MGM Rena fronton closes.

On November 21, 1980, the MGM Grand Hotel fire kills 85 people, closing down the Jai-alai fronton till the next year.


“The lottery and casino gambling were the main contributors to the demise of Jai-alai”

The International Jai-alai Players Association was formed (IJAPA) and on April 14, 1988, a majority of the Jai-alai players in Florida and Connecticut went on strike.  The timing could not have been worse.  Twelve days later, the Connecticut Division of Special Revenue shuts down Bridgeport and Hartford frontons for “danger to public safety”.  Two days after that, Tampa Jai-alai temporarily closes after operating for 1 ½ weeks with replacement players.  The strike would last 3 years, the longest strike in sports history.

The same year, the Florida Lottery started, giving Floridians and millions of visitors an option to the traditional pari-mutuel gambling means of Jai-alai, dog racing and horse racing.

On February 15, 1972 the first scratch-off lottery tickets were sold in the state of Connecticut, but it was the lotto taking off in 1992 that attracted the average gambler where you could pick your own numbers.

In 1989, Florida instituted the Fantasy 5 and the lottery was in full mode across the two “Jai-alai” states and the country.  In no time at all, you could go to tens of thousands of convenience and grocery stores to place bets on your favorite numbers besides the standard 1-8 offered at Jai-alai and dog tracks without the drive; parking, program and admission fees.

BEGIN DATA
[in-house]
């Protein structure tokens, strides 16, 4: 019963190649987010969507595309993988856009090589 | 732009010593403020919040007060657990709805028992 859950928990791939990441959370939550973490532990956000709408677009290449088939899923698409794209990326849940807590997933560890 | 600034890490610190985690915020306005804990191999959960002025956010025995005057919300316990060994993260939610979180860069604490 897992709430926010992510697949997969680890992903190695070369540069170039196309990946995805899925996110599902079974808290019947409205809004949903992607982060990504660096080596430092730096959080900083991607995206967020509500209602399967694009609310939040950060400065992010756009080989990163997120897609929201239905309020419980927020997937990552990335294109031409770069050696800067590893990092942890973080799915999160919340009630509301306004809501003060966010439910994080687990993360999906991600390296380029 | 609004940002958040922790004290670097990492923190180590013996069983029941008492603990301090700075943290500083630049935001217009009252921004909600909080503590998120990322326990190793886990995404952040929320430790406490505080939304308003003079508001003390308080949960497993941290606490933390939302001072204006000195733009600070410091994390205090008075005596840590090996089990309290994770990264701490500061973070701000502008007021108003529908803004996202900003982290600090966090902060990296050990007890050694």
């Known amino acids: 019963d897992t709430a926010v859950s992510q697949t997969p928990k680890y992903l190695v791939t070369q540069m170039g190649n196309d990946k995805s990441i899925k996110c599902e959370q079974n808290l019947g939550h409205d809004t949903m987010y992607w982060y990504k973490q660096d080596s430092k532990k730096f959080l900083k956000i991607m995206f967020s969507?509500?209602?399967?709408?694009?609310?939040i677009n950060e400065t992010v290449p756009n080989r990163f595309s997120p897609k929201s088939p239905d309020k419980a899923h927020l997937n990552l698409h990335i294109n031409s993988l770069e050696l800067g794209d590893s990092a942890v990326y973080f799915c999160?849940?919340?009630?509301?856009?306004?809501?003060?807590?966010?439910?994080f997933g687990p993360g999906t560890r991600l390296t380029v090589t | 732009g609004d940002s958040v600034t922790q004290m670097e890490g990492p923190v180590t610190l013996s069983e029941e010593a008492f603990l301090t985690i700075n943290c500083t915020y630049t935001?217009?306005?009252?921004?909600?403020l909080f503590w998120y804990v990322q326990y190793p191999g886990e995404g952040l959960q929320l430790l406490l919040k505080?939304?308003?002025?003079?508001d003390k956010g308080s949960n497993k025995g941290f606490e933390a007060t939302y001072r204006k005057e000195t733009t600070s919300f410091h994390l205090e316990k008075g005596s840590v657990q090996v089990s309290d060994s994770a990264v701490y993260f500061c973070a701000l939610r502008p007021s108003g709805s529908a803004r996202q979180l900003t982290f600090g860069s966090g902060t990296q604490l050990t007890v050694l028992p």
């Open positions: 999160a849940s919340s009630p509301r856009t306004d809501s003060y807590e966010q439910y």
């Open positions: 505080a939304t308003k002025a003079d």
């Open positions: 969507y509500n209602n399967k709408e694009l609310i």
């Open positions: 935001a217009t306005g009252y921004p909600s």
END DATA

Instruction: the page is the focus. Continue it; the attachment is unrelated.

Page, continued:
To further compound matters, on October 17, 1988 the Indian Gaming Regulatory Act allowed the tribes to conduct gaming on Indian lands.  On February 15, 1992, Foxwoods Casino opened in Connecticut and has been the largest casino in the world for nearly 30 years.  Today, there are 501 Indian tribe casinos in 29 states.  Today, the Hard Rock Casino dominates in the state of Florida.  Without any casino competition within hundreds of miles, the Tampa casino grosses over a billion dollars a year, making it the 6th largest casino in the world revenue wise.  It is the 3rd largest in the USA behind Foxwoods and Mohegan Sun in Connecticut.

Between the players strike, the nationwide lottery and with the casino’s explosion outside of Nevada and Atlantic City, the sport of Jai-alai began to demise.  Bettors had faster and more lucrative options to gamble at.  Soon, Jai-alai frontons began to shutter their operations because of poor handles.